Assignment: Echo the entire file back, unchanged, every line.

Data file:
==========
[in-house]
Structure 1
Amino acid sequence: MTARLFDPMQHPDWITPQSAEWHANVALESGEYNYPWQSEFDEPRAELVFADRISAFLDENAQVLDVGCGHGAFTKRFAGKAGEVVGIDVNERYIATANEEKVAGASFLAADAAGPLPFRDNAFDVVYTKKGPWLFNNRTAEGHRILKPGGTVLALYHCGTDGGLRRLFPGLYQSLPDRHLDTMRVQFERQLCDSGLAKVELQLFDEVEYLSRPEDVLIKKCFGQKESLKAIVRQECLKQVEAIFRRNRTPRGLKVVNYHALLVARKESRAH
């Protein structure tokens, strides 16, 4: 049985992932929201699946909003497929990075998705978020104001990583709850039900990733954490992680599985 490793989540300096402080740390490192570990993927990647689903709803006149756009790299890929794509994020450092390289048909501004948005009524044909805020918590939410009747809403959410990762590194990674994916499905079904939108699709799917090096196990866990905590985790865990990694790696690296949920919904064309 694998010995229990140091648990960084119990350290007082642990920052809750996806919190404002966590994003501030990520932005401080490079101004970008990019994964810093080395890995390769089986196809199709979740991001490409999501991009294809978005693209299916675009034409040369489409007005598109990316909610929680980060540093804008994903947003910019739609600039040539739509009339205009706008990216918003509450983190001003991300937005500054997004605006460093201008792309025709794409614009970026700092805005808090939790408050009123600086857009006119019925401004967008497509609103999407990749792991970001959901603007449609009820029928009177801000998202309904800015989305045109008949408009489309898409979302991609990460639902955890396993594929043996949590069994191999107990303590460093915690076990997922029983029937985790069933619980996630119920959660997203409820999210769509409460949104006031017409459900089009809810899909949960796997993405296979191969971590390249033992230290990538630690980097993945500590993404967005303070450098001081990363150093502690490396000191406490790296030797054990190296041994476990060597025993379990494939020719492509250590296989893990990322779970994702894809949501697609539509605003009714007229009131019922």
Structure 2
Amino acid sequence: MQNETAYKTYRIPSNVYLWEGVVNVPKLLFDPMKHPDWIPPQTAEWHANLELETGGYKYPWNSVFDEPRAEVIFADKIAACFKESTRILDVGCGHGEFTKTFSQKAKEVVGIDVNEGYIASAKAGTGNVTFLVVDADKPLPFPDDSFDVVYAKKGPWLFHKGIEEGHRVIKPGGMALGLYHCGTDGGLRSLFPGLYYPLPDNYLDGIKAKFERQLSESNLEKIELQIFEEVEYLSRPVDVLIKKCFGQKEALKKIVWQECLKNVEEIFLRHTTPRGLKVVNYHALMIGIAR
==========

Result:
[in-house]
Structure 1
Amino acid sequence: MTARLFDPMQHPDWITPQSAEWHANVALESGEYNYPWQSEFDEPRAELVFADRISAFLDENAQVLDVGCGHGAFTKRFAGKAGEVVGIDVNERYIATANEEKVAGASFLAADAAGPLPFRDNAFDVVYTKKGPWLFNNRTAEGHRILKPGGTVLALYHCGTDGGLRRLFPGLYQSLPDRHLDTMRVQFERQLCDSGLAKVELQLFDEVEYLSRPEDVLIKKCFGQKESLKAIVRQECLKQVEAIFRRNRTPRGLKVVNYHALLVARKESRAH
């Protein structure tokens, strides 16, 4: 049985992932929201699946909003497929990075998705978020104001990583709850039900990733954490992680599985 490793989540300096402080740390490192570990993927990647689903709803006149756009790299890929794509994020450092390289048909501004948005009524044909805020918590939410009747809403959410990762590194990674994916499905079904939108699709799917090096196990866990905590985790865990990694790696690296949920919904064309 694998010995229990140091648990960084119990350290007082642990920052809750996806919190404002966590994003501030990520932005401080490079101004970008990019994964810093080395890995390769089986196809199709979740991001490409999501991009294809978005693209299916675009034409040369489409007005598109990316909610929680980060540093804008994903947003910019739609600039040539739509009339205009706008990216918003509450983190001003991300937005500054997004605006460093201008792309025709794409614009970026700092805005808090939790408050009123600086857009006119019925401004967008497509609103999407990749792991970001959901603007449609009820029928009177801000998202309904800015989305045109008949408009489309898409979302991609990460639902955890396993594929043996949590069994191999107990303590460093915690076990997922029983029937985790069933619980996630119920959660997203409820999210769509409460949104006031017409459900089009809810899909949960796997993405296979191969971590390249033992230290990538630690980097993945500590993404967005303070450098001081990363150093502690490396000191406490790296030797054990190296041994476990060597025993379990494939020719492509250590296989893990990322779970994702894809949501697609539509605003009714007229009131019922």
Structure 2
Amino acid sequence: MQNETAYKTYRIPSNVYLWEGVVNVPKLLFDPMKHPDWIPPQTAEWHANLELETGGYKYPWNSVFDEPRAEVIFADKIAACFKESTRILDVGCGHGEFTKTFSQKAKEVVGIDVNEGYIASAKAGTGNVTFLVVDADKPLPFPDDSFDVVYAKKGPWLFHKGIEEGHRVIKPGGMALGLYHCGTDGGLRSLFPGLYYPLPDNYLDGIKAKFERQLSESNLEKIELQIFEEVEYLSRPVDVLIKKCFGQKEALKKIVWQECLKNVEEIFLRHTTPRGLKVVNYHALMIGIAR